As I have explored this issue, I have come to the conclusion that, in all likelihood, the District’s prohibition against open primaries is unconstitutional because it infringes on the First Amendment right of political parties to associate. This view is supported by the US Supreme Court’s decision in Tashjian v. Republican Party of Connecticut, where it struck down a Connecticut law more than 20 years ago. The Connecticut law was nearly identical to our current law, in that it prohibited unaffiliated voters from voting in party primaries. The Court ruled that such a prohibition “placed an unconstitutional burden on the fundamental freedom of political association guaranteed by the First and Fourteenth Amendments.” Further, because the Connecticut law placed limits “upon the group of registered voters whom the Party may want to invite to participate in the ‘basic function’ of selecting the Party’s candidates,” it was deemed unconstitutional.

Conversely, laws that mandate, or require parties to include independents are just as likely to be declared unconstitutional. In California Democratic Party v. Jones, the Supreme Court overturned a California law that required parties to allow all voters to vote in the primary of their choice. The Court held that blanket primaries were unconstitutional because the First Amendment right to freedom of association also includes the right of parties not to associate. Specifically, the Court held that, “Our cases vigorously affirm the special place the First Amendment reserves for, and the special protection it accords, the process by which a political party ‘selects the standard bearer who best represents the party’s ideologies and preferences.'”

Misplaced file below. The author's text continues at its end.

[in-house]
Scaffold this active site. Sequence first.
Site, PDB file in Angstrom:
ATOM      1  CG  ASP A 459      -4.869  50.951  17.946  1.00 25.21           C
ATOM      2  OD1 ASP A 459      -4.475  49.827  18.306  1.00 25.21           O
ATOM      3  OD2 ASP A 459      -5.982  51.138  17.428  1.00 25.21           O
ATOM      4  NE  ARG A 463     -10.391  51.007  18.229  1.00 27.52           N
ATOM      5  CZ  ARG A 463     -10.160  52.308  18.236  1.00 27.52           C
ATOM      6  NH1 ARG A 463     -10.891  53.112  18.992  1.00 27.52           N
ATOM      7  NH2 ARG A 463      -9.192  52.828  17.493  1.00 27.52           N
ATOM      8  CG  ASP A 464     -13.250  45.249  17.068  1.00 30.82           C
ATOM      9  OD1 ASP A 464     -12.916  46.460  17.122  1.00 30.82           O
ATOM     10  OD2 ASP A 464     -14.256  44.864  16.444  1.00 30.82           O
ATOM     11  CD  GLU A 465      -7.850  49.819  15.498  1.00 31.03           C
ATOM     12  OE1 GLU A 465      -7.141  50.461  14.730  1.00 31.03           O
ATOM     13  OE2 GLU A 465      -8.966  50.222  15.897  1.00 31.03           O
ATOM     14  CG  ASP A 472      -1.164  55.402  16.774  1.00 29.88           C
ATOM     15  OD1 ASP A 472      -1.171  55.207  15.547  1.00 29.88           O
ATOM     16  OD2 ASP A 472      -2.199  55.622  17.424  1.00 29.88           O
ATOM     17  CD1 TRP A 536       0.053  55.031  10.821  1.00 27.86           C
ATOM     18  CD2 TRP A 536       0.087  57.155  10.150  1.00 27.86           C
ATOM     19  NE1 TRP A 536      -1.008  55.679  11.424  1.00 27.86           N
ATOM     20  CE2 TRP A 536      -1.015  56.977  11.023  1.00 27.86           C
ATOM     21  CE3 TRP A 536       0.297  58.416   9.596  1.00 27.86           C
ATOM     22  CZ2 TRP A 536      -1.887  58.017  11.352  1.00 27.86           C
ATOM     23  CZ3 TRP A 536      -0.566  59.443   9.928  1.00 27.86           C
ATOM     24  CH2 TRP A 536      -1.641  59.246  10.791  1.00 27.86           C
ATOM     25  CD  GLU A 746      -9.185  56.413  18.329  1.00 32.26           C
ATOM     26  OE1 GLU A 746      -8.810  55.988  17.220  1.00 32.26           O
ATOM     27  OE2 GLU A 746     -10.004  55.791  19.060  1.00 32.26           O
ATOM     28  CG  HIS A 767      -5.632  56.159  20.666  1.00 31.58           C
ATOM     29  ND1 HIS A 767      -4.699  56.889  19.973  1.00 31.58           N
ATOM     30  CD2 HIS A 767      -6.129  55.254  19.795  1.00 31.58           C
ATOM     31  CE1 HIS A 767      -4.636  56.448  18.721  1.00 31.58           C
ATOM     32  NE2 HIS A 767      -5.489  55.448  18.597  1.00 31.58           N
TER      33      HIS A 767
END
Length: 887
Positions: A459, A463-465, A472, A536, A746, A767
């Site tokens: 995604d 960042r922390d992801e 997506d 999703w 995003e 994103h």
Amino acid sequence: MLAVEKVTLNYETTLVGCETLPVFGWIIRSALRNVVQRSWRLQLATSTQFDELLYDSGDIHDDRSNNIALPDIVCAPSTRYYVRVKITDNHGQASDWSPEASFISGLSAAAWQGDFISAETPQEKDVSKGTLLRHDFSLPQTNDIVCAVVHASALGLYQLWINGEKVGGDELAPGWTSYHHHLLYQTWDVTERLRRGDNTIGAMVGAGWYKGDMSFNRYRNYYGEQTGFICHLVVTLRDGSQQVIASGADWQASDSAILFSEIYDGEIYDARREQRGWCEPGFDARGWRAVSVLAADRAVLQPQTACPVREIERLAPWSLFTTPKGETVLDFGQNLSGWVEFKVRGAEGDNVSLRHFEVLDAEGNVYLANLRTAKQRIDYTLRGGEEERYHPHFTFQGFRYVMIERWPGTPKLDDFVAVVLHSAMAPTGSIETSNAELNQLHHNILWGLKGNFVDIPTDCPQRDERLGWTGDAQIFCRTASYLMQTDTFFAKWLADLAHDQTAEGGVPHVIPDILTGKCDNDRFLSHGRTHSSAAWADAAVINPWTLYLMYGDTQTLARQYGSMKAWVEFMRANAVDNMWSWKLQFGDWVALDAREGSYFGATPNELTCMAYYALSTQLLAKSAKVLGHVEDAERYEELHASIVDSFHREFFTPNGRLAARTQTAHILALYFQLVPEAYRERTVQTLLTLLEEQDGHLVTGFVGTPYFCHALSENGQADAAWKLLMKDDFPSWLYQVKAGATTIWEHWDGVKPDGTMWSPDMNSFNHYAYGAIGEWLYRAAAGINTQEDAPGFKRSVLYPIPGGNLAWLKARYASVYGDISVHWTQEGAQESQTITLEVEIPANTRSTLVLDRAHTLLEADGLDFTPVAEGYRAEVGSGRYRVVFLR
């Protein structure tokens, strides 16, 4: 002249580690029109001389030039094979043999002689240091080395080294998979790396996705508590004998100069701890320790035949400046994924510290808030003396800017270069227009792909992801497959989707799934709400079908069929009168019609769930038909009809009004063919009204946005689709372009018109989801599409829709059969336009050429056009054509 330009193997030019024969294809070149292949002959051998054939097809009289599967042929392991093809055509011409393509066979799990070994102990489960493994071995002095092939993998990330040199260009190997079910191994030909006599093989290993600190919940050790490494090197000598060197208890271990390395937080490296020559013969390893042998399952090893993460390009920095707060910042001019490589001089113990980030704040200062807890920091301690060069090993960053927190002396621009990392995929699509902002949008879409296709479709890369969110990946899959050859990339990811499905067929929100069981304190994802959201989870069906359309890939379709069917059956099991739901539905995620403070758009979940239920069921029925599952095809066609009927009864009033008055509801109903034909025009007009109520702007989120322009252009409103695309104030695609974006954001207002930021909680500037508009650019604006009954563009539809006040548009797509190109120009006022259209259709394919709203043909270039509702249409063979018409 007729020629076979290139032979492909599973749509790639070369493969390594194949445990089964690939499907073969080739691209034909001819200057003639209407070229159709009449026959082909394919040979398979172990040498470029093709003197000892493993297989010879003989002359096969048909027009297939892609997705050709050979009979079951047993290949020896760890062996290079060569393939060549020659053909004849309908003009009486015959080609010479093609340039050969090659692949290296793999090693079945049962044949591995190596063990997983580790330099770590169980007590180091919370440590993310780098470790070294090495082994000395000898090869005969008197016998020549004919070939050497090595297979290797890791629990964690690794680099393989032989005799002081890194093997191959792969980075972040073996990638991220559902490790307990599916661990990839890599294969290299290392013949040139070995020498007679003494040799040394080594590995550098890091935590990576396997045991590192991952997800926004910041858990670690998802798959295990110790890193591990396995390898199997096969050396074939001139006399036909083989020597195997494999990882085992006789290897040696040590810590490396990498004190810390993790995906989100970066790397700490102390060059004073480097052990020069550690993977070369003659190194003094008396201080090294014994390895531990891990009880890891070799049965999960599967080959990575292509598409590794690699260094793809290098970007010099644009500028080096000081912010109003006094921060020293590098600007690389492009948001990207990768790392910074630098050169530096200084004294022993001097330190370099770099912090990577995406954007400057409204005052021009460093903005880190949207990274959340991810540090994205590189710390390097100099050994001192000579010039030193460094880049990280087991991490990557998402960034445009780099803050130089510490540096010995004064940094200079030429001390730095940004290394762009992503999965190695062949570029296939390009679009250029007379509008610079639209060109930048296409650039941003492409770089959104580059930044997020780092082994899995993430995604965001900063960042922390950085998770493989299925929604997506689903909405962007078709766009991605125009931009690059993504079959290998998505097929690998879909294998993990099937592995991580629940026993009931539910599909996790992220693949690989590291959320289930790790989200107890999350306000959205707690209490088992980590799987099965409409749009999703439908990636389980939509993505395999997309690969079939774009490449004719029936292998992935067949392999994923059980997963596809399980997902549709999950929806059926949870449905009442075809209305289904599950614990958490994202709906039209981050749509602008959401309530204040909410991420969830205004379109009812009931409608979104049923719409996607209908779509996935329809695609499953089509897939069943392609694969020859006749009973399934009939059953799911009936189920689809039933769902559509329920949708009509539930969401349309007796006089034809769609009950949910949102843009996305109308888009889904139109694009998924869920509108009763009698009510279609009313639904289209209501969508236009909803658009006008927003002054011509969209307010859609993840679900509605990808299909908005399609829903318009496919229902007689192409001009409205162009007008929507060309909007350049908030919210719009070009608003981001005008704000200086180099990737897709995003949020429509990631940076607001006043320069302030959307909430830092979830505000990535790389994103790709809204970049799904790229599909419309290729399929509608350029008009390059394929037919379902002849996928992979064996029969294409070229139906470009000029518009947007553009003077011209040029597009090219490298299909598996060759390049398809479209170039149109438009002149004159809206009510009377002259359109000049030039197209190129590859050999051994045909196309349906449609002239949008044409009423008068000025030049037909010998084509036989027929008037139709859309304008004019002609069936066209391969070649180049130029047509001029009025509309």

It is still not clear whether the open pnmary mandates that currently exist in 13 states, including Virginia’s, will withstand constitutional scrutiny over the long term. The case law to date suggests that Supreme Court heavily weighs a party’s right to associate As a result, mandated open primary laws are the subject of political and legal challenges around the country. In Virginia, for example, one party nearly resorted to requiring voters to take a “loyalty oath” in an effort to close its primary. Idaho’s Attorney General has indicated that he expects his state’s mandated open primary to be ruled unconstitutional when a lawsuit is filed, which he expects later this year unless the Idaho legislature takss action.

The bill I am introducing today takes a different approach. It attempts to remedy the unconstitutionality of our current election law while respecting the right of our political parties to associate as they see fit. It will not force parties to open their primaries, but will remove the prohibition against doing so.

In closing, I sincerely hope our parties will use the ability afforded by this legislation to open their primaries. Doing so will enfranchise a wide swath of the electorate and increase voter participation. These are worthy goals for any democracy. But, I do not believe that the Council should, or indeed can, require them to take such action. This bill strikes the appropriate balance.

With that, I encourage my colleagues to become co-sponsors.